- Shuntian: When the usurping Yongle Emperor established his base of Beiping as a secondary capital in 1403, he renamed the town Shuntian and the province surrounding it Beizhili to mimic the names of Yingtian (modern Nanjing) and the province of Zhili that surrounds it.
- Jingshi and Beijing: When the palace was finally completed in 1420, the Yongle Emperor moved the majority of his court north. The name Jingshi ceased to be used for Yingtian and was now employed for Shuntian. The area around Yingtian became known as Nanjing while Beijing was used to describe the area directly administered by the capital (generally modern Hebei).
- Beiping, in both its connotations, was restored as the name in 1928 by the Republic of China following its reconquest of Beijing from the warlords during the Northern Expedition. The occupying Japanese in 1937 imposed the name Peking (Beijing), then with their surrender in 1945, the Nationalist Government restored "Beiping". In 1949, the official name again reverted to "Peking" (the Postal Romanization) when the Communists conquered the capital during the Chinese Civil War and founded the People's Republic of China. As noted above, the pinyin romanization, "Beijing", was adopted for use within the country in 1958, and for international use in 1979. The American government continued to follow the Nationalist government in using "Beiping" until the late 1960s.
Similarly named cities
In addition to Nanjing, several other East Asian cities have similar names in Chinese characters despite appearing dissimilar in English transliteration. The most prominent is Tokyo, Japan, whose Han script name is written 東京 (Dongjing, or "Eastern Capital"). 東京 was also a former name of Hanoi (as Đông Kinh or "Tonkin") in Vietnam during the Later Lê Dynasty. A former name of Seoul in South Korea was Gyeongseong, written in Han script as 京城 or "Capital City". Kyoto in Japan still bears the similar-meaning characters 京都: the character "都", du in Chinese, can also mean "capital".
The history of China since the Tang dynasty has also been full of secondary capitals with directional names. Under the Tang, these were Beidu ("north capital", at Taiyuan in Shanxi); Nandu ("south capital", first, Chengdu in Sichuan and, later, Jiangling in Hubei); Dongdu ("east capital", Luoyang in Henan); and Xidu ("west capital", Fengxiang in Shaanxi).
There were two previous Beijings: one, the northern capital of the Northern Song at modern Daming in Hebei; the other, the northern capital of the Jurchen Jin located at Ningcheng in Inner Mongolia.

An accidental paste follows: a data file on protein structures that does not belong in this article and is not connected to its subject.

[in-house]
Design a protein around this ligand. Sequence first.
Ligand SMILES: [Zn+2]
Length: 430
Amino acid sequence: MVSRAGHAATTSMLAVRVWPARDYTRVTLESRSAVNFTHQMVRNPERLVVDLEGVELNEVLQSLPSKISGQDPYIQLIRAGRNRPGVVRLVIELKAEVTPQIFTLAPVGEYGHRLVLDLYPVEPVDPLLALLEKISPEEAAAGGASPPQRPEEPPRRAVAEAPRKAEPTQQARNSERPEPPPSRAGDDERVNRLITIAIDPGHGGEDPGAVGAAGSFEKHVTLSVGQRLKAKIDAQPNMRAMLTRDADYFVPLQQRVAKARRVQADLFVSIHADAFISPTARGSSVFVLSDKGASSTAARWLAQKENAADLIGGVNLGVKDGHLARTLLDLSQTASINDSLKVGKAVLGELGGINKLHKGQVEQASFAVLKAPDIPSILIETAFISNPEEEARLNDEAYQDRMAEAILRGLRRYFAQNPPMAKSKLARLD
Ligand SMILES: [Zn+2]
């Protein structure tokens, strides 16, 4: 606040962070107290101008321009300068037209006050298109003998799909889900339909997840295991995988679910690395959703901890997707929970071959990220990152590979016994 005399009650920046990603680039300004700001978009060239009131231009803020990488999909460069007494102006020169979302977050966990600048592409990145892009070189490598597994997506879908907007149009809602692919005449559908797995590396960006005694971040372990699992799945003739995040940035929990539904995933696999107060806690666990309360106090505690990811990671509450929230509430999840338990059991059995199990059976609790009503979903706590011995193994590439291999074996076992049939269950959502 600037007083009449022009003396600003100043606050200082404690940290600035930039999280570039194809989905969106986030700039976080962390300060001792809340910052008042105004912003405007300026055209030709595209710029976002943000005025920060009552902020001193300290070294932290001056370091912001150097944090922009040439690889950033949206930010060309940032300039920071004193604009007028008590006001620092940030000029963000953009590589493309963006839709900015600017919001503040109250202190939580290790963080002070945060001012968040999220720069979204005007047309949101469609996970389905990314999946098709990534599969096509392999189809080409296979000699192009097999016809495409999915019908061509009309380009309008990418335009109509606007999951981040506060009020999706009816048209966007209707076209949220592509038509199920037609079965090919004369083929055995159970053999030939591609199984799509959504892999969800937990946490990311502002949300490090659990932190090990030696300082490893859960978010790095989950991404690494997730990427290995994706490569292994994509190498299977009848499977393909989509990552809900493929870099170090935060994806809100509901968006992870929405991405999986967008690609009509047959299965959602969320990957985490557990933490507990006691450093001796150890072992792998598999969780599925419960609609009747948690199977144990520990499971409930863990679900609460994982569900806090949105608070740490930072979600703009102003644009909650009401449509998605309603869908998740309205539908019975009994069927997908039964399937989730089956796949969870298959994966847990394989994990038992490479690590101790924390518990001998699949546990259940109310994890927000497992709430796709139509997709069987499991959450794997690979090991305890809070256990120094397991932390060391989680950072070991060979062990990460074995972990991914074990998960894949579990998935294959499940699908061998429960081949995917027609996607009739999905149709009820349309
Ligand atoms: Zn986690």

The Nanjing of the Northern Song was located at Shangqiu in Henan. The Jurchen Jin located theirs at Kaifeng,) which had been the Northern Song's "Dongjing". The Jurchen Jin also had a Dongjing ("Eastern Capital"), which was, however, located at Liaoyang in Liaoning. Apart from these, there were two Xijings (西京, "Western Capital"): one was the "Western Capital" of the Northern Song dynasty, located at Luoyang; the other was held by the Liao and Jurchen Jin at Datong. Liaoyang was the Zhongjing (中京, "Central Capital") of the Liao dynasty and, finally, another Zhongdu ("Central Capital") was planned but never completed. It was the proposed capital of the Ming Dynasty mooted by the Hongwu Emperor in the 14th century, to be located on the site of his destroyed childhood village of Zhongli (鍾離), now Fengyang in Anhui.
- Lost Laowai. "From Peking to Beijing: A Long and Bumpy Trip". Accessed 21 Oct 2012.
- De Christiana expeditione apud Sinas, pp. x, 321, 378
- *A discourse of the Kingdome of China, taken out of Ricius and Trigautius, containing the countrey, people, government, religion, rites, sects, characters, studies, arts, acts ; and a Map of China added, drawne out of one there made with Annotations for the understanding thereof, and A continuation of the Jesuites Acts and observations in China till Ricius his death and some yeers after. Of Hanceu or Quinsay. (excerpts from De Christiana expeditione, in English translation) in Purchas his Pilgrimes, Volume XII (1625), Chapters VII and VIII. The two preceding chapters, V and VI, also contain related Jesuit accounts. Can be found in the full text of "Hakluytus posthumus" on archive.org.